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By plan, Reds rotation continued to be rotated

ClNCINNATI — As expected, especially with the majority of the starting staff wrapped in swaddling clothes with injuries, the Cincinnati Reds rotation remains in heavy flux.

The latest:

It was Alfredo Simon’s turn Monday but the Reds moved him back a day to provide him with an some extra rest after he pitched in relief in St. Louis Friday.

So Simon starts Tuesday against the Colorado Rockies. Taking Simon’s place Monday was Dan Straily, coming out of the bullpen. It was Tim Melville’s turn to pitch Tuesday but he has been relegated to the bullpen.

IN ADDITION, TWO DISABLED starters worked out Monday afternoon in Great American Ball Park, first Homer Bailey and then Anthony DeSclafani.

DeSclafani threw 40 pitches of batting practice Monday afternoon and said, “If they’d give me the ball, I’d pitch tomorrow.” They won’t give him the ball and he won’t pitch tomorrow.

The last time he threw batting practice, about a week ago, his oblique acted up that night and set him back. Now they’ll have to see how it responds tonight before making any firm decisions.

If all goes well, DeSclafani will make at least two minor league rehab starts before returning to the Reds rotation.

BAILEY’S RETURN WON’T be so fast, although optimism is rampant about his progress after last season’s Tommy John surgery.

“We started the day wh Homer Bailey throwing a nice 35 to 40-pitch bullpen,” said manager Bryan Price. “He was great. He is adding one inning and 15 to 20 pitches each time he throws in the bullpen. He’ll probably have three more starts to give him four, five and six innings. He’ll probably make those starts for (Class AAA) Louisville or if there is a weather issue or something within proximity he’ll pitch elsewhere. We don’t want to ship him all over the country.”

And DeSclafani?

“Disco (DeSclafani) needs to make a couple of minor league starts to get him stretched out to about 88 pitches,” said Price. “I wanted to see him pitch today without any issues with his oblique. From the beginning when he began throwing again there have not been any structural issues. Even when he threw the simulated game a few days ago he looked good. But he had some stiffness or soreness in the area the next day.”

AS DO MOST PITHERS chomping on their teeth as they await clearance to pitch, DeSclafani talked as if he is ready to stare down the ’27 Yankees or the ’76 Reds.

“I mixed in all my pitches, mixed them all up and I was happy with the way they were breaking and moving,” he said. “I think this is the final little stretch before I start pitching in games. I haven’t felt anything in the oblique for about a week. They shut me down after last week and I think that kind of did it really well.

“I just want to get out there and get back here, whatever route that may be,” he added. “I want to pitch, want to help the team. I could pitch in five days. I already went through spring training and I’ve been doing a lot of throwing. But I have to do the rehab. If it were me, I’d take the ball tomorrow.”
DAN STRAILY HAS BEEN one of the few reliables out of the bullpen so far and gets his chance in the rotation tonight.

“He has had a few number of outings so far out of the bullpen and thrown the ball over the plate with a nice mix of pitches,” said Price. “He has a good fastball, plus a nice slider and a nice change-up. He does a lot of the little things — handles the bat and can bunt. Most importantly, he is around the plate with a good mix of pitches that allows him to be successful against both left handed and right handed hitters. And he has experience.”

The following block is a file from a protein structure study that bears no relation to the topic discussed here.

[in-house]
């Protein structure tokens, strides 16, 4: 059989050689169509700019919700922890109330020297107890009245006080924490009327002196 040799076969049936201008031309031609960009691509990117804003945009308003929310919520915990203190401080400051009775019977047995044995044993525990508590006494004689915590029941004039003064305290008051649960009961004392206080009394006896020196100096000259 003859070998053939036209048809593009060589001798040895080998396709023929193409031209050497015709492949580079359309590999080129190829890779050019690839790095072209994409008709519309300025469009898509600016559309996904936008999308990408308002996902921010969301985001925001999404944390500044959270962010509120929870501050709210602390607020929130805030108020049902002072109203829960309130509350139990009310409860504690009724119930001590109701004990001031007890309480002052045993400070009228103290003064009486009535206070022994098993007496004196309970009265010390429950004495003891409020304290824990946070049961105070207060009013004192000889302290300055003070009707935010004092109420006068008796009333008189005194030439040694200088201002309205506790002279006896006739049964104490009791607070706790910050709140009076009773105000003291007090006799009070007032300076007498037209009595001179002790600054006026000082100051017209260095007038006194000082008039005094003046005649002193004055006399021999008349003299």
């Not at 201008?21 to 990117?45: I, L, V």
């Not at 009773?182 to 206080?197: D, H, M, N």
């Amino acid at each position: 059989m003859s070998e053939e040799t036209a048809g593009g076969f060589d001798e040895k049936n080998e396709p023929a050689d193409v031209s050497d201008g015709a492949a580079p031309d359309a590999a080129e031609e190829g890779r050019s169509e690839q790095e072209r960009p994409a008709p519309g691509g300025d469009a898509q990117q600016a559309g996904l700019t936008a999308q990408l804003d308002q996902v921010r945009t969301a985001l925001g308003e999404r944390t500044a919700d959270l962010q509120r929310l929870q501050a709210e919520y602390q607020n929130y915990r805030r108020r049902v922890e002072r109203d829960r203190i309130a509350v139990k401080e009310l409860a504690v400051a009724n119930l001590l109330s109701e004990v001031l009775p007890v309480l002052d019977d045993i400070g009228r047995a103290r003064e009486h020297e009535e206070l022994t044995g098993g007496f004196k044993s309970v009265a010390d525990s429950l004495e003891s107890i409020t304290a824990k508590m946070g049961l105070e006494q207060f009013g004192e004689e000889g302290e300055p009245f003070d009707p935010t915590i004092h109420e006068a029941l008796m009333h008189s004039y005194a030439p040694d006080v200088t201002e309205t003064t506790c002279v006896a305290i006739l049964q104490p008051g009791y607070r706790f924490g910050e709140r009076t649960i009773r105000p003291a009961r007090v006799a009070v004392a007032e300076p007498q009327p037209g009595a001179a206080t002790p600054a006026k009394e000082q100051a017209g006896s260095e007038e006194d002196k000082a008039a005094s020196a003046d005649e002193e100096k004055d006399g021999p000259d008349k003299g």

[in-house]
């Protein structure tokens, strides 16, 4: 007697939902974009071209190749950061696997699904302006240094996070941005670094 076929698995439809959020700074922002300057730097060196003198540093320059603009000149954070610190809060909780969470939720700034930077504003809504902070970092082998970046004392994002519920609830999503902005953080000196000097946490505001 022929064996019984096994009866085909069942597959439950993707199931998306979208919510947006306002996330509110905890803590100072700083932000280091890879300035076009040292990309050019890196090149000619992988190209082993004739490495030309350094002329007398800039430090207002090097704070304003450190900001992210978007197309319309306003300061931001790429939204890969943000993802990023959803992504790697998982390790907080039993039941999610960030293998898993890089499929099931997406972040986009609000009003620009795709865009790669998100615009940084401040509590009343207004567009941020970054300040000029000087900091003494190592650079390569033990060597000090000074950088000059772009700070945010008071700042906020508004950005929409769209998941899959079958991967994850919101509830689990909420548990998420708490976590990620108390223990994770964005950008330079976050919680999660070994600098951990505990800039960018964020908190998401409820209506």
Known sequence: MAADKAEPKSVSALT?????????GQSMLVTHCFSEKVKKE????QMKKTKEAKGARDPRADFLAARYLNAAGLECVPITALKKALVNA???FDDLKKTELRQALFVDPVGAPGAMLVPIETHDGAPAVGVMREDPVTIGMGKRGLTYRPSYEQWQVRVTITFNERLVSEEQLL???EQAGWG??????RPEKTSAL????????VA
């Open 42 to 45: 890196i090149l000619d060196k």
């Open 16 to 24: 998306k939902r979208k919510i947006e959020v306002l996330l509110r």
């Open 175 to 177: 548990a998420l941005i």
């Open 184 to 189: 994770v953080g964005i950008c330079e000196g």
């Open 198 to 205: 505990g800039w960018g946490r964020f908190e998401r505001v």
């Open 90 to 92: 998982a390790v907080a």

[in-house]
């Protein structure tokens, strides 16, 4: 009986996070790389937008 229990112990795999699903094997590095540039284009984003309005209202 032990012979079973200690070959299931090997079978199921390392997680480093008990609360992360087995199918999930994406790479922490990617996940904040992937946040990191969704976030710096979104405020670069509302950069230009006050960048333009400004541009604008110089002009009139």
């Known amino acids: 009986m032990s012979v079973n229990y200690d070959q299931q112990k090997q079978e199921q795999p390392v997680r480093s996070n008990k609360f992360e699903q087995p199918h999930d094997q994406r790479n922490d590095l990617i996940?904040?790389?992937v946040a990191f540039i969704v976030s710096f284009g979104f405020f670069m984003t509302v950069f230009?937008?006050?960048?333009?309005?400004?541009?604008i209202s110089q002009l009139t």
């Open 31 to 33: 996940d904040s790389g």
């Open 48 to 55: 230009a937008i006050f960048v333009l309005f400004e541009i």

Price likes Straily’s style and confidence. When the Reds signed him late in spring training he told Price, “Hey, I have a rubber arm so you can use me every day out of the bullpen. After his last outing in St. Louis, he came in the next day and told me, ‘I’m good to go.’”

SIMON, SIGNED AT THE end of spring training, pitched only two-thirds of an inning Wednesday in Chicago and gave up five runs. Price used him Friday in St. Louis on his normal bullpen throw day and Simon poured kerosene on a conflagration, a 14-3 Cardinals win.

“This is just a chance to give Simon an extra day because we used him in that one inning in St. Louis,” said Price. “His arm is just now at the back end of spring training mode. He had a little bit of fatigue and the key for him is not to try to force his velocity. He knows his velocity is down a little bit and where you get into trouble as a pitcher is when you prioritize the velocity rather than location.”

THE NUMBERS ARE pretty ugly for the Reds bullpen right now, and everybody knows it, but here are some batting averages against the Cincinnati bullpen that explains a lot:

Alfredo Simon (starter/bullpen) .364, J.J. Hoover .353, Keyvius Sampson (now back in Louisville) .308, Jumbo Diaz .301.

Even a couple of the starters have been hit hard — Tim Melville (now in the bullpen) .355, Raisel Iglesias .303, Robert Stephenson (now back in the minors) .286.

Of course, there are good numbers: Brandon Finnegan .129, Dan Straily .107, Tony Cingrani .111 (but he has five walks and a hit batsman in 5 1/3 innings), Ross Ohlander .211 and Caleb Cotham .200.

“We know that once the pitching locks itself in a little bit more we will be able to go out there and compete on a daily basis, go out there every day with a chance to win,” said Price. “We know we have areas in which to improve before we can actually go out there and do that, win consistently.


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